Class and race prejudice were two issues that surfaced in this story from the San Francisco Call. Many of the wealthy considered refugee camps to be hotbeds of socialism, and wanted them removed as quickly as possible from their neighborhoods. This story is also of interest because it contains one of the few references in the earthquake literature to African American victims of the disaster.
The refugees of Lafayette Square held a mass meeting last night to protest against the plan of the relief committee to remove them to the ground on Thirteenth and Fourteenth avenues, where it is proposed to build houses for them. The result of the meeting was the appointment of a committee to wait on the Park Commission and request the further use of the square.
The meeting was led by Mrs. J.W. Scott, one of the refugees of the camps who lives in
Tent 1, Section G. Mrs. Scott was well
Which ought to be the first consideration, the whims of the rich or the absolute requirements of the unfortunate? By right the poor refugees have just as much claim on the property of the city as the people in mansions. The money that is being used was subscribed by outsiders for the benefit of the deserving who were burned out and could not pay heavy rents. My advice to you all is to stick together until the insult and wrong to us have been rectified. Imagine being sent to Fourteenth avenue. One line of cars only going near there and no transferring. This means $1.20 per week for the carfare for one. Who in the present dilemma can pay it? How can men and women get to work in any reasonable time?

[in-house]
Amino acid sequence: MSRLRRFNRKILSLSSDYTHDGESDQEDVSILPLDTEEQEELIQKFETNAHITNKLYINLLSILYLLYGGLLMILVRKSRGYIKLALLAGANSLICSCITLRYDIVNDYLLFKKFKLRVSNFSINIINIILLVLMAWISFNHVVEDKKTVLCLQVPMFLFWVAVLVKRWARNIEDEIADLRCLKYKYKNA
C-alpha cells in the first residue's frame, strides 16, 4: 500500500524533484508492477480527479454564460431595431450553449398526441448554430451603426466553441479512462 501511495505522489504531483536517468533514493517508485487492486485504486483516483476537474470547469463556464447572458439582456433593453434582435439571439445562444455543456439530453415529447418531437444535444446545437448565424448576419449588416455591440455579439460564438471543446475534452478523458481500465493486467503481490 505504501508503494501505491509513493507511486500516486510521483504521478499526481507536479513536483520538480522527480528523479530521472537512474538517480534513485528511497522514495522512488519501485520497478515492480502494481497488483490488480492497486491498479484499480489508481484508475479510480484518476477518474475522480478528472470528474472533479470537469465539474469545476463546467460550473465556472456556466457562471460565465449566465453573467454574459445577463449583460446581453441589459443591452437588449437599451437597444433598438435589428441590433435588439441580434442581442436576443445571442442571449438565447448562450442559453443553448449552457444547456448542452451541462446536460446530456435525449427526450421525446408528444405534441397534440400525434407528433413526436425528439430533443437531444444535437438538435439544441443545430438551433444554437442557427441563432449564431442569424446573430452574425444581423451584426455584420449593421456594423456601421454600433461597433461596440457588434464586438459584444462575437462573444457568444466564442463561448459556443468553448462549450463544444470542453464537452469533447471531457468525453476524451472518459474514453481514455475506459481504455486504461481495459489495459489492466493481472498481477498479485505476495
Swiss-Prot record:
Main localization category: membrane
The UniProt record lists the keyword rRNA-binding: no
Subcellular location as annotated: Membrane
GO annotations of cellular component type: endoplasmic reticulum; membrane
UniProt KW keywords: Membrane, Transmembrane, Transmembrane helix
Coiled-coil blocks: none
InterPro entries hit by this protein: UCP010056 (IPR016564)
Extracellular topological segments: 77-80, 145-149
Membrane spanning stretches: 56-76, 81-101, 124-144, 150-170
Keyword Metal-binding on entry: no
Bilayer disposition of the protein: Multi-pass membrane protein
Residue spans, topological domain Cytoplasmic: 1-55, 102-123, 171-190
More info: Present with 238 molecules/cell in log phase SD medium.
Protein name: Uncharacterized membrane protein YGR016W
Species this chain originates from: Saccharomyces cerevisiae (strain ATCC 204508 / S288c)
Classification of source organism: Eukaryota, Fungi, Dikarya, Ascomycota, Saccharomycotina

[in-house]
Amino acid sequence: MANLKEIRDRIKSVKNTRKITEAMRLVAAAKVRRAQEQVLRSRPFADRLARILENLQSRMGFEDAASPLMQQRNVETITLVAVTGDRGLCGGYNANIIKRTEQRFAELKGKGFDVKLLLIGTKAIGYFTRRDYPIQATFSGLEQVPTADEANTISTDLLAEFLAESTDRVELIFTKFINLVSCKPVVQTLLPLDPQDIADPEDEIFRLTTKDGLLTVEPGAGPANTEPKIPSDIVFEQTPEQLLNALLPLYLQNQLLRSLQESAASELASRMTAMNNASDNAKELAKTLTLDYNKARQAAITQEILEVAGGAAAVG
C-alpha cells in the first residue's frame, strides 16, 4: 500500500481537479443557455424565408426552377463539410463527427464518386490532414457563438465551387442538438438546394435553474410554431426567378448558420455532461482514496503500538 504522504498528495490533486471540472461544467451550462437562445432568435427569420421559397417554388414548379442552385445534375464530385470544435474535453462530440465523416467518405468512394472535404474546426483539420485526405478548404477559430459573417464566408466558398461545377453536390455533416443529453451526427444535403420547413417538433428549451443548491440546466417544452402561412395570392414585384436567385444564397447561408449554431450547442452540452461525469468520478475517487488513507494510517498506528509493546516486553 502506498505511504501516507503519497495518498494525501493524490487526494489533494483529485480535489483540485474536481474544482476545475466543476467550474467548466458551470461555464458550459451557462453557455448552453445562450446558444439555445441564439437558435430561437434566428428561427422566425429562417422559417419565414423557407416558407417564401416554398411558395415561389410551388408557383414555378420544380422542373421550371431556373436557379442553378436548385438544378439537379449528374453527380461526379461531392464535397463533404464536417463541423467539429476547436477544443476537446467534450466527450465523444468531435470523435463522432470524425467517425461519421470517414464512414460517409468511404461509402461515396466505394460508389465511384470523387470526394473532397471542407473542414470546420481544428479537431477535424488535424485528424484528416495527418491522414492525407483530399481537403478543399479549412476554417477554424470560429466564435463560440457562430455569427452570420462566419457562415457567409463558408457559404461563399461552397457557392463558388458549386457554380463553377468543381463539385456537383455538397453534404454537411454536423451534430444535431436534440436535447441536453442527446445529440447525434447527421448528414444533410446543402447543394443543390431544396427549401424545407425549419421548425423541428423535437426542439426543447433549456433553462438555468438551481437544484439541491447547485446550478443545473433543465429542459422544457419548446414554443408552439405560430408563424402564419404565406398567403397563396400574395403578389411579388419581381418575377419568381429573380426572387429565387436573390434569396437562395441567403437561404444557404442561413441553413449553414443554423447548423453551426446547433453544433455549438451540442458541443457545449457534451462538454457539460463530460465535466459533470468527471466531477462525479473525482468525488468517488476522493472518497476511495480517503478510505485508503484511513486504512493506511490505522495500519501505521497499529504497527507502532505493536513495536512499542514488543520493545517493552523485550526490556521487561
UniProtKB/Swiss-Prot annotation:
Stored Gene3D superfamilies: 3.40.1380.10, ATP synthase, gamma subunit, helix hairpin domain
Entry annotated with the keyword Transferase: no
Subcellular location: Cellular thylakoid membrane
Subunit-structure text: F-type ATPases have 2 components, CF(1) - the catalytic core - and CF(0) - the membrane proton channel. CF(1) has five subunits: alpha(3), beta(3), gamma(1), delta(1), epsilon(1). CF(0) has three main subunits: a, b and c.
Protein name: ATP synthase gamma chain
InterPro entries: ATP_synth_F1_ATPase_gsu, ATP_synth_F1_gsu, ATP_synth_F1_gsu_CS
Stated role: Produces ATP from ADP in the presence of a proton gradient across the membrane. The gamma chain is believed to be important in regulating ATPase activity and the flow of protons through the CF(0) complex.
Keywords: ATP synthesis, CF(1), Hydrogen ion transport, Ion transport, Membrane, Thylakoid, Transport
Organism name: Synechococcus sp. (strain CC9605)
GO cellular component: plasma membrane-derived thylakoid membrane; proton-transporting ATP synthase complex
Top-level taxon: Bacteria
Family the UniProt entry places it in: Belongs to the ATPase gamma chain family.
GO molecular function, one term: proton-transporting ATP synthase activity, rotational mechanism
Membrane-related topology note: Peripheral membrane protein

Rather than submit to be treated as deported beings by the self-
A committee composed of Mrs. J.W. Scott, J.W. Scott and L.H. Cooper was appointed to go before the Park Commission today and protest against their removal.
During the meeting some one in the crowd suggested that a colored man, named Rufus
Jones, a camp dweller at Lafayette Square, be added to the committee. At this suggestion
Mrs. Scott rebelled and called out no. Some one called out, Race prejudice should not to
be considered. Mrs. Scott, however, carried her way, and the committee was not